Making people’s lives easier: writing a playbook for your company
It’s probably an odd thing for a dyslexic person to say, but I love writing. Although it takes me a lot longer than most people, it’s a lot of fun to try and communicate in a clear way without talking. And from what I hear, I’m actually pretty good at writing, which makes enjoying it even more rewarding. So when I took on the task of starting whatleads.to’s company ‘playbook’ (a sort of manual for current/prospective employees and partners), I was actually quite excited to get going. Maybe that sounds boring, but it’s true.
I read Thoughtbot’s playbook to get me going. It’s really, really long (and incredibly detailed), so I didn’t quite manage to get through it all — but it provided me with a solid idea of why a playbook is important & made me begin to think about the types of things I wanted to include when writing my own. Anybody who’s inspired to write a playbook for their company after reading this post should definitely start with Thoughtbot’s — it’s an excellent example. (Read ours as well, obviously.)
So what’s the deal with playbooks? Why are they worth the hassle, if indeed they are at all? Maybe it seems like a bit of a ballache to read another company’s how-to guide and then spend hours making your own. You probably feel like you’ve got enough on your plate without doing any of that, and besides, your company knows how it works anyway. But there are actually lots of reasons why a playbook is incredibly useful, not just for you, but for your entire community.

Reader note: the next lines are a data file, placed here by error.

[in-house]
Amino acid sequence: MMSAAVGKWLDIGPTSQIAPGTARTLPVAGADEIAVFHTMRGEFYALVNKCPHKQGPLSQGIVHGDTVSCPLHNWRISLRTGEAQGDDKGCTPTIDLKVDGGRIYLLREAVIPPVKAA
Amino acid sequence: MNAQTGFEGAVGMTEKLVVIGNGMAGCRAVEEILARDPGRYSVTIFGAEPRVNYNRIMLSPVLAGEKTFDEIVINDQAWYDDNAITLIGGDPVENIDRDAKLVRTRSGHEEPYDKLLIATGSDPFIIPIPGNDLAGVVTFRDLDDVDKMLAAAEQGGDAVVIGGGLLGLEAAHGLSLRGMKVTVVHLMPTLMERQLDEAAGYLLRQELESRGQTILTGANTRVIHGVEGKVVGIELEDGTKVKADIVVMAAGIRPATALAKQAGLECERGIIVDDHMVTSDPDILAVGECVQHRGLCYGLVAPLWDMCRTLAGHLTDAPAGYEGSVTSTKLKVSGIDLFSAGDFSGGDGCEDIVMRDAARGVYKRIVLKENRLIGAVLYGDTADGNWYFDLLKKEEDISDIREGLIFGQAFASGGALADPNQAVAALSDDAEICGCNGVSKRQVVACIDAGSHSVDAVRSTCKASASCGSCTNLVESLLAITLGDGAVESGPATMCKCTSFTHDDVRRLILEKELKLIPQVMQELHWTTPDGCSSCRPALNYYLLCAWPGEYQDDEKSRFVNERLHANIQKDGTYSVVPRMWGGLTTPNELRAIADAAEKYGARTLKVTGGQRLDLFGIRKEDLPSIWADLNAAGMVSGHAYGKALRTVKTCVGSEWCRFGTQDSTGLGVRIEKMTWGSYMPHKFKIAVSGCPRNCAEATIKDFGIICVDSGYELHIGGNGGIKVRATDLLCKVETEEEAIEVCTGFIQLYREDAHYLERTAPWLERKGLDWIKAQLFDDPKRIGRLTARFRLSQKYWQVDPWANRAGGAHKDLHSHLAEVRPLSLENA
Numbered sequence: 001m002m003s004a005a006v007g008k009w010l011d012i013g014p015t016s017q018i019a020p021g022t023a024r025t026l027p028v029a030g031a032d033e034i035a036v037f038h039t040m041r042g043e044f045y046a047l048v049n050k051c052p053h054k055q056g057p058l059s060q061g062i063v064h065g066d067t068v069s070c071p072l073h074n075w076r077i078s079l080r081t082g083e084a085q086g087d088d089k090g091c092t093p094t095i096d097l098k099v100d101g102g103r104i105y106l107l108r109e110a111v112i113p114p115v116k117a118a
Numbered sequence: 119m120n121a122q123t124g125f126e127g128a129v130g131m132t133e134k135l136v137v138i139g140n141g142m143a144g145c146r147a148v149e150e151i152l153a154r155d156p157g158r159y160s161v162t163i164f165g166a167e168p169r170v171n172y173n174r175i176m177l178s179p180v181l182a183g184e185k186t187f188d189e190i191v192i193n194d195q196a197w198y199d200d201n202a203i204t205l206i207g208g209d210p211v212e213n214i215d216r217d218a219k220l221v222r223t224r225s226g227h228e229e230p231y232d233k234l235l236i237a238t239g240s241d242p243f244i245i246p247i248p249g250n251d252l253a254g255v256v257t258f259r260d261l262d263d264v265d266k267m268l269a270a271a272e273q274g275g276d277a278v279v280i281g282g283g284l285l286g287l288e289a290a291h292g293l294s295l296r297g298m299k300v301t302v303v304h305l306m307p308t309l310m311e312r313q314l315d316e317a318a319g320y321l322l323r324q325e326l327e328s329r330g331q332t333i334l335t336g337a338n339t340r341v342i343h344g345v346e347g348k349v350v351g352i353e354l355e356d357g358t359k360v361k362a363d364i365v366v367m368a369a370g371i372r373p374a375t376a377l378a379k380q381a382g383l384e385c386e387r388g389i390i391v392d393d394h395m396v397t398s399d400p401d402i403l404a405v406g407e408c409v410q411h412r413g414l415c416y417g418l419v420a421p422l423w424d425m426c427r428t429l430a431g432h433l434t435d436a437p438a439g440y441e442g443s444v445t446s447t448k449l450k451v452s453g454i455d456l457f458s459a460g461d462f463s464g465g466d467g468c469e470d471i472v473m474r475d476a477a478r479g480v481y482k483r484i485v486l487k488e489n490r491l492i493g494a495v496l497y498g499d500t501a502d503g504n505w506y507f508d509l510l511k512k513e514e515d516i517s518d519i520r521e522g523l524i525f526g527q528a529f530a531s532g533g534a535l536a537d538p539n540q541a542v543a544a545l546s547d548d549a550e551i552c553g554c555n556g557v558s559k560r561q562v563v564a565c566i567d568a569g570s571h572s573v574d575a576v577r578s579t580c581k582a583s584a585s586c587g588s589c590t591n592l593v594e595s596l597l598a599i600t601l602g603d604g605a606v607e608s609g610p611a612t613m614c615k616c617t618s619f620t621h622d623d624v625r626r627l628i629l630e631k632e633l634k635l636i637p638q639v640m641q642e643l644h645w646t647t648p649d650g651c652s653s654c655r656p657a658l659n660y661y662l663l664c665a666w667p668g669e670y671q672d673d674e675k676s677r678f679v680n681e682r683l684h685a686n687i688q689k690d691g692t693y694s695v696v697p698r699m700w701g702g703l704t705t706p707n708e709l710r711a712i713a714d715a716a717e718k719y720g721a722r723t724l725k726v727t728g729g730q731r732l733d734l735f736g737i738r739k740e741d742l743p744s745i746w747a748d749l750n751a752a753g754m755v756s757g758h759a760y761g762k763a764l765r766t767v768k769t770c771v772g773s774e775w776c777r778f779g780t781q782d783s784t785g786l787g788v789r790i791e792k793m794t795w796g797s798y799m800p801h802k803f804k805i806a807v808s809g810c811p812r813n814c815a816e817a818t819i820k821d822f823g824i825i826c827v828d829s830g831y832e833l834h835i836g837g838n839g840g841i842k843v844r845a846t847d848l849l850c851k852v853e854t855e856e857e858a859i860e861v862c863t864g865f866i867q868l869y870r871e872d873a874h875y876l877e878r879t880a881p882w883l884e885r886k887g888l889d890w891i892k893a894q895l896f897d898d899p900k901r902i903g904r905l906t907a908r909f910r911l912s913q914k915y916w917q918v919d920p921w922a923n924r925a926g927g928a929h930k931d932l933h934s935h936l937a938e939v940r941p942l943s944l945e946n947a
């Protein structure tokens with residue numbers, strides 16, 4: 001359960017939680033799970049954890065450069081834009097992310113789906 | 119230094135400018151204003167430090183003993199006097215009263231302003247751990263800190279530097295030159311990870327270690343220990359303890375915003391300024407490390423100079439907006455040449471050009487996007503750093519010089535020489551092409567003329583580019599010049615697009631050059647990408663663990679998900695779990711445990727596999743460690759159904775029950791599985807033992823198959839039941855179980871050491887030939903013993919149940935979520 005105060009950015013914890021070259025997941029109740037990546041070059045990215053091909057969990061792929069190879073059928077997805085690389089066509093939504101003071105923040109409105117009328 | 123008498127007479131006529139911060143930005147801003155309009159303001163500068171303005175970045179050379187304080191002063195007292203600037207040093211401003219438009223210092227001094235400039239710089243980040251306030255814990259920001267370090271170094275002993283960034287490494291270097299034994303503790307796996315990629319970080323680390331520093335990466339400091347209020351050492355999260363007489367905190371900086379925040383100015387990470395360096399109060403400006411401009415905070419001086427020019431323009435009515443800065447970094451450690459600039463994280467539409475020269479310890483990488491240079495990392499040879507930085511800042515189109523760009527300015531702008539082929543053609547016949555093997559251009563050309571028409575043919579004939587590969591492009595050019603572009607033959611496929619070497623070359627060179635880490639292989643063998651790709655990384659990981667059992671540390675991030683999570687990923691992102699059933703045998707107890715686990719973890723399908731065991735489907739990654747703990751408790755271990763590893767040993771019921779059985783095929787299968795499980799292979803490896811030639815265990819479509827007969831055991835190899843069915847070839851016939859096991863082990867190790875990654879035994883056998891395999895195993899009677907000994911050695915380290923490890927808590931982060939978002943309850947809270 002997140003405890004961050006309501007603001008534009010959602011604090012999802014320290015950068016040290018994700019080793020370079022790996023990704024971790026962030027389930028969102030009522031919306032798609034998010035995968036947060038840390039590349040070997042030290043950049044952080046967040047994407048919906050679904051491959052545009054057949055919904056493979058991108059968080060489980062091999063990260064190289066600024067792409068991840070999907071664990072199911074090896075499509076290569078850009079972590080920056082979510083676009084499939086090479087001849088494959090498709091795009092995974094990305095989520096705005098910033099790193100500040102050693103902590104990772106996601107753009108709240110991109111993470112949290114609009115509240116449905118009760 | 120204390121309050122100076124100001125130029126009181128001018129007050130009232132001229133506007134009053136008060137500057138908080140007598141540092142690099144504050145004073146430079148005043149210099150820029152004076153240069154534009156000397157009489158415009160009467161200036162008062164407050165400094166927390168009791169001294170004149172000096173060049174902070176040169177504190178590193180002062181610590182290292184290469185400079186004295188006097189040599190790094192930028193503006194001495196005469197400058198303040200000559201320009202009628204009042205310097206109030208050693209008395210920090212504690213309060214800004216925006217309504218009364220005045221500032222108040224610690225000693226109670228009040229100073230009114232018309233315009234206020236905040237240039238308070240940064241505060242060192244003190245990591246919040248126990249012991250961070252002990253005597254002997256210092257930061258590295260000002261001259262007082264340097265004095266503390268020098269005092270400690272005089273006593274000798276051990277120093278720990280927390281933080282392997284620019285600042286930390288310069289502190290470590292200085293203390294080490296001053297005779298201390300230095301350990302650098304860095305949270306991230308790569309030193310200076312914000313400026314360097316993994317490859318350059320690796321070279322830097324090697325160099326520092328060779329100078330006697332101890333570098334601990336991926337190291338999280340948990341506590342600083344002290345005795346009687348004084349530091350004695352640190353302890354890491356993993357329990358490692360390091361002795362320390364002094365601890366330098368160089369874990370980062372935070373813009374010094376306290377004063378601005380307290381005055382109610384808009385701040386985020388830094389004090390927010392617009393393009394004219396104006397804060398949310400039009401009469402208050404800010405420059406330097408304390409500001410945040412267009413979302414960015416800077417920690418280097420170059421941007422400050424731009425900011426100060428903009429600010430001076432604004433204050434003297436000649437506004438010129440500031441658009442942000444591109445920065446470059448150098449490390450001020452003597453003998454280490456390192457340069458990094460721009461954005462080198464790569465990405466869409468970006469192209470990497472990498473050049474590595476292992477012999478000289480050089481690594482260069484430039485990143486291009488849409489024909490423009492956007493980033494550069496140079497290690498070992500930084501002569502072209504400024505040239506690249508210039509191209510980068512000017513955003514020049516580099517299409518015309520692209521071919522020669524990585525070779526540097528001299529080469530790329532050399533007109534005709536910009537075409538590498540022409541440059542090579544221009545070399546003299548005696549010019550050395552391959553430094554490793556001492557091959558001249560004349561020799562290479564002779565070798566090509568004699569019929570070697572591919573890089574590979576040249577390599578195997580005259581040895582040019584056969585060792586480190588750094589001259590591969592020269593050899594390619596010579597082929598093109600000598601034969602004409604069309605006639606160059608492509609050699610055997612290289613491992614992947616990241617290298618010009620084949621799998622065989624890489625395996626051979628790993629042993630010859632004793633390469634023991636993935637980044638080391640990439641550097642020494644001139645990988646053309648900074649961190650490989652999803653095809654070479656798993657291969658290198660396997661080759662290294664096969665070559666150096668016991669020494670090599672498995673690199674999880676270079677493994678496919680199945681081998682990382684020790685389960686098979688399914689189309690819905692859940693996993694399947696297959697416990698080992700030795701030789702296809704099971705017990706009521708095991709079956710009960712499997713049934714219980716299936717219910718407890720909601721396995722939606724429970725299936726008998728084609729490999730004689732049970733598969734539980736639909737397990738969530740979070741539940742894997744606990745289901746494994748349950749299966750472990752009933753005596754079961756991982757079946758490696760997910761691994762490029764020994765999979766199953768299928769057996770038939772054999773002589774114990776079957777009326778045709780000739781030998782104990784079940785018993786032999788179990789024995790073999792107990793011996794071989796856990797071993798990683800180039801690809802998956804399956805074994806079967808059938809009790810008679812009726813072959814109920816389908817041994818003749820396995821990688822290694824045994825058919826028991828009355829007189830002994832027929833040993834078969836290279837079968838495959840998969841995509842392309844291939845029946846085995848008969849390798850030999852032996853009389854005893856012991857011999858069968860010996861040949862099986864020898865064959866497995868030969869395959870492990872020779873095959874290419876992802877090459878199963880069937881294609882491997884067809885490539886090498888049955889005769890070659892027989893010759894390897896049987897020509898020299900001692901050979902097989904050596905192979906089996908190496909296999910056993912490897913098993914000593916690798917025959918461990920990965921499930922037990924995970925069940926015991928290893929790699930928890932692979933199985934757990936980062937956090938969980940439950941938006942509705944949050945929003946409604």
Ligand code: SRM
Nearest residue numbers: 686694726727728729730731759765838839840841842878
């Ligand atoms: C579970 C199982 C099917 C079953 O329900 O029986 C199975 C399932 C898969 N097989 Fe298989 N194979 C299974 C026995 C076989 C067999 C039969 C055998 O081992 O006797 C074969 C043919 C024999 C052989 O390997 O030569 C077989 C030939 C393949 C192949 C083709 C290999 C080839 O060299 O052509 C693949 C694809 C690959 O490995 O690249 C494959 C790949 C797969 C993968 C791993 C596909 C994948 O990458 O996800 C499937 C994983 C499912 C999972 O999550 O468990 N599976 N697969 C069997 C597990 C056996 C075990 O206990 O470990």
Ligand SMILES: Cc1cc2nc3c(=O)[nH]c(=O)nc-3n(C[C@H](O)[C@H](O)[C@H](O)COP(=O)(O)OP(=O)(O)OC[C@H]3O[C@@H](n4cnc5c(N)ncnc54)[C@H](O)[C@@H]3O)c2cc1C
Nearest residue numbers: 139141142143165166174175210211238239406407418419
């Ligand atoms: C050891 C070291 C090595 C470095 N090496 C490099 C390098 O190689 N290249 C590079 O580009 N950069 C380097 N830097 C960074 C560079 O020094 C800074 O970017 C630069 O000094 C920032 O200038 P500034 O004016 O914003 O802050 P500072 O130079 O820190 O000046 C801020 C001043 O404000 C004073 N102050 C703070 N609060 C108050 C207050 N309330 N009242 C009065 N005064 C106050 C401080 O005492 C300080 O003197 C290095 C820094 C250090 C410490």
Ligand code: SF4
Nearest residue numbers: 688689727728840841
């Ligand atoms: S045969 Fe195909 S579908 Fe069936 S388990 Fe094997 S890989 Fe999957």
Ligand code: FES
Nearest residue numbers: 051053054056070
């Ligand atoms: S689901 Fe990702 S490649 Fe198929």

1) It makes it easier for incoming team members to adjust to their new work environment. Think of a playbook, in part, as a kind of manual that new team members can refer to whenever they’re confused about what they’re meant to do in a certain situation. If your playbook covers these things, you can spend less time and energy on describing nitty gritty details to new employees — which leaves you with more free time.
2) It forces you to be more transparent about how your company works. This is a really really really really good thing that ALL companies should work towards. Writing a playbook is a great starting point for thinking this way. Of course it feels weird that you’re telling people the ins and outs of your sales technique, or whatever, but it’s always great to be more open.
3) It highlights any inconsistencies or problems with the structure of your company that you may not have noticed beforehand. Writing a playbook really puts your company under scrutiny, because you have to explain how things are done and why. If you find it hard to explain why something’s done a certain way, or can’t remember the protocol for a certain aspect of what your company does, this shows that there are things you need to work on. And this is a good thing! Highlighting ways you can improve is always a good thing!
4) It allows you to give back to your wider community. In your playbook, you’re undoubtedly going to talk about things that are incredibly useful to other companies and individuals working toward similar goals. In my view, this is no cause for concern — though there are many that would say this is simply giving your “competitors” a leg up. But that’s not really how I approach anything in life, and I think it’s great to give freely accessible tips for success — especially in an industry, like this one, that’s full of newcomers who haven’t got a clue
5) It enables everybody who works at your company to have a say in how things are done. Your playbook will be, or at least should be, editable by anybody who works at the company. If someone sees something they were previously unaware of but disagree with, they’ve now got the option to comment on this, which brings about the possibility of changing how it’s done. This is particularly good for organizations that are run horizontally, like whatleads.to, but is a fantastic idea for anybody — regardless of management structure.
So that rounds off my account of why you — or someone who works with you — should start thinking about writing a playbook. Feel free to post other existing examples in the comments section!